Propitiation is found three times in the New Testament. In one it is ilasterion, that is, mercy-seat, on which we know the blood was sprinkled before God (it was His throne of judgment, the footstool at least of it, where He sat between the cherubim); to that man might approach, because the satisfaction for iniquity was offered. In the two others, Christ “is the propitiation for our sins “(1 John 2:2)—a passage which has no sense whatever if it means to propitiate man. How is he to be propitiated for his sins? It is mere nonsense so to talk. The other is, He “sent his Son to be the propitiation for our sins” (1 John 4:10). Here again it is for our sins, shewing the well-known scriptural use of the word, God sending His Son as an ilasmon peri ton amartion emon, can by no possibility be referred to propitiating man. Indeed it is foreign to every thought of scripture—the use made of the blood—Him to whom it was presented—and the whole order of ideas about propitiation. Moreover, the term is borrowed from the Old Testament, which had not the idea of reconciling the people, nor their wanting to be reconciled; but is perfectly familiar with the thought of propitiation—the propitiatory being the very centre of their religious service. It was the name of the covering of the ark, on which the blood was placed before God, as it never was before the people. They offered it through the priests to God.

The verb is twice used in Greek, though otherwise translated in English. “God be merciful to me, a sinner” —be propitious: was this propitiating man? (Luke 18:13). Again, “To make reconciliation for the sins of the people” (Heb. 2:17). Here again the expression “for the sins” precludes such an idea. Besides, it is spoken of here as the work of the priest, “that he might be a merciful high priest … to make,” etc. What had a priest to do with propitiating the people? It is an idea, as I have said, foreign to the whole subject. He carried in the blood within the veil, or outside sprinkled it before God—the Israelite (where it was not common to all the people) having himself brought the victim, to offer it to God. The idea in every case is the opposite to what you say, exactly opposite, and proves what you seek to deny.

You say “Atonement always means in the Bible making two or more persons at one or agreed.” Does it? It is used once in the New Testament, where it really means “reconciliation.” We have received reconciliation with God through our Lord Jesus Christ (Rom. 5:10, 11), where the apostle speaks of our being justified by His blood, and then saved from wrath, being thus also reconciled by Christ’s death, and then saved by His life—hence joying in God through Jesus, by whom we have received the reconciliation (that is, were brought back to God in peace). Here, while founded on justification by blood, and very different indeed from setting two persons at one (for it is bringing back a guilty sinner saved from wrath to God), still, if you had merely said, it ought to have been translated “reconciliation,” no one could have complained; but you say, “always means in the Bible.” One is tempted to believe (to hope almost) you have scarcely ever read the Bible. Is it indeed so? The word used in Hebrew is caphar—it is used ninety-eight times in the Old Testament. One has no reference to this matter. Of all the rest, perhaps one (though it has there much more the sense of propitiate) might be alleged to have such a sense, and that only by straining the expression: that is, Genesis 32:20, “I will appease him with the present… and afterward I will see his face, peradventure he will accept of me.” But making two persons agreed is never its sense; and in a vast number of the passages the attempt to introduce such a meaning would make the grossest nonsense, because it is used of iniquities—purging them away—making atonement for them. You will not produce one text in which caphar means what you say it always does. It is not the meaning of the word—it means “to cover.” Hence it is used for pitching the ark, i.e., covering it with pitch.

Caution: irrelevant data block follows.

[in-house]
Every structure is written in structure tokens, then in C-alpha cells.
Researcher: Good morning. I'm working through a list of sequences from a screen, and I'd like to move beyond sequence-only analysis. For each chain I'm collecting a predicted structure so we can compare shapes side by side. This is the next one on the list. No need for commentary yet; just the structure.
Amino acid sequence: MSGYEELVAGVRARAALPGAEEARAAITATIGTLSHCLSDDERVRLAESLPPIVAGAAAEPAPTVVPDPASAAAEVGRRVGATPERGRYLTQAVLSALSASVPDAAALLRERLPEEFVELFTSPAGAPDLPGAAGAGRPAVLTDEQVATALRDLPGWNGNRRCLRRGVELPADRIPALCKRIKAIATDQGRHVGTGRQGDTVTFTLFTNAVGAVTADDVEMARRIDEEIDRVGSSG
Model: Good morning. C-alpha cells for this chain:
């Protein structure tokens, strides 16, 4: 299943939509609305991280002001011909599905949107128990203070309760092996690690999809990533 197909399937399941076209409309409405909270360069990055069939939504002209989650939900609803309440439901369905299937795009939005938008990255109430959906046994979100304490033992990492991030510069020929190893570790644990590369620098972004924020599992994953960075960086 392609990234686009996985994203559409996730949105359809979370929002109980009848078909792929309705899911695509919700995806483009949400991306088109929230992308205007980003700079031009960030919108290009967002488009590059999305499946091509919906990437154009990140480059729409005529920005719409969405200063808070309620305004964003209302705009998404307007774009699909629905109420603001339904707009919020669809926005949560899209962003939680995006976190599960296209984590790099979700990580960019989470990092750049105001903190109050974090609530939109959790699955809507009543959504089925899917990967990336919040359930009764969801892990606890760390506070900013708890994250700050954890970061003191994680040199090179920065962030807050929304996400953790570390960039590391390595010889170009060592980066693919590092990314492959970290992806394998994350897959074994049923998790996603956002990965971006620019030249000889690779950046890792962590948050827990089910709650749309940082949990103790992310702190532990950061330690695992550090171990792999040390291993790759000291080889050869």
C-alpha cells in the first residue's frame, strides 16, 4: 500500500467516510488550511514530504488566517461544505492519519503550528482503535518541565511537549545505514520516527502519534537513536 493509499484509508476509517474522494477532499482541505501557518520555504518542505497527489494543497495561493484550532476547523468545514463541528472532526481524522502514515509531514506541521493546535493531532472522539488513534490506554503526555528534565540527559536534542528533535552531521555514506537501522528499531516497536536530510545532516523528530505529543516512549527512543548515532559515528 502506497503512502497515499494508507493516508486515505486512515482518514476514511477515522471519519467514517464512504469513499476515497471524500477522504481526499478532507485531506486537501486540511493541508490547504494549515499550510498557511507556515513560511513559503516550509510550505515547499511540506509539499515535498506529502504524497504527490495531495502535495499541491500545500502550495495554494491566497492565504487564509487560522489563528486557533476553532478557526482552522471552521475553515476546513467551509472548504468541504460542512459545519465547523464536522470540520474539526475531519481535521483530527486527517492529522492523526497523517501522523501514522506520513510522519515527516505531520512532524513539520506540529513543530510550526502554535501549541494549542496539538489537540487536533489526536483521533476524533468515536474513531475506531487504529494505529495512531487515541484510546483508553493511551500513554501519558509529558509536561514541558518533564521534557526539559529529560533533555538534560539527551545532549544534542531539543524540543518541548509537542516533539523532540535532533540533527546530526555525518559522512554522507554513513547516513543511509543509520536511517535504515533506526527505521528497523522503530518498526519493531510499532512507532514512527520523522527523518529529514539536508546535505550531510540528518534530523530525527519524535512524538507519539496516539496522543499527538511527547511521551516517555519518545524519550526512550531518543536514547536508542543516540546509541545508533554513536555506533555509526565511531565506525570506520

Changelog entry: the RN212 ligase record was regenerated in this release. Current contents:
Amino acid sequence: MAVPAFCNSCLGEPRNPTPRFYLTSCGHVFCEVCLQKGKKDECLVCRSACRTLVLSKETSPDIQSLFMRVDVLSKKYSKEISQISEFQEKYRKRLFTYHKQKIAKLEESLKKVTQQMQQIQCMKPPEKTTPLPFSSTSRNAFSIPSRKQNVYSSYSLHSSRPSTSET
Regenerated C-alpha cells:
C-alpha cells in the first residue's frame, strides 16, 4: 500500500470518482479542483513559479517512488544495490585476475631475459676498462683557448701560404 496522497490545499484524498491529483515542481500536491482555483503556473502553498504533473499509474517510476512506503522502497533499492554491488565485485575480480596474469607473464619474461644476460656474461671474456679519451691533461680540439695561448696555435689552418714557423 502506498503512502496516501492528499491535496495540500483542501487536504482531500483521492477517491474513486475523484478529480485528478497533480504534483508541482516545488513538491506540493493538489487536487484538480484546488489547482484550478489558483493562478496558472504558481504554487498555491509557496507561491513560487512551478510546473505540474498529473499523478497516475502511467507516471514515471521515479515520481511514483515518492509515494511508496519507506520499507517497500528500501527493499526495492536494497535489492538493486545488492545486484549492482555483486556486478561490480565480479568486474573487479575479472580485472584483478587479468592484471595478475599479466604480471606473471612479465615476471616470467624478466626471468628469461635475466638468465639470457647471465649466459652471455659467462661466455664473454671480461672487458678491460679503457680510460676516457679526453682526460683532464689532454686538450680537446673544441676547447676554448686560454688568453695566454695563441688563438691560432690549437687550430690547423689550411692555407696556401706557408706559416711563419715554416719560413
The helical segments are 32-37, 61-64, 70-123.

Again I have proved your doctrine by scripture, and I find you have left out that on which the whole relationship of God with Israel was based. Secondly, that which in the New Testament is elaborately applied to Christ, which the Lord applies unto Himself, and one apostle after another applies to Him—I find that your doctrine totally denies this fundamental truth. And, thirdly, in quoting the one or two passages of scripture you do, you again omit the context or some part of the passage, which, if it were admitted, makes the passage mean just the contrary of what you quote it for.

You deny a doctrine which is most certainly one of the most prominent and important in the whole Bible, and perhaps the most insisted on in it j and that both in the Old and New Testaments.

And now, my beloved reader, let me add, that this matter is not a question of the justness of Air. Ham’s reasoning merely, but of your and my salvation. You are a sinner; lama sinner. We are defiled by sin; we are guilty, for we have sinned against God, and against a God of love. Now sin must be put away, and we must be cleansed, if we are to dwell with a holy God, who is of purer eyes than to behold iniquity, and cannot look at sin.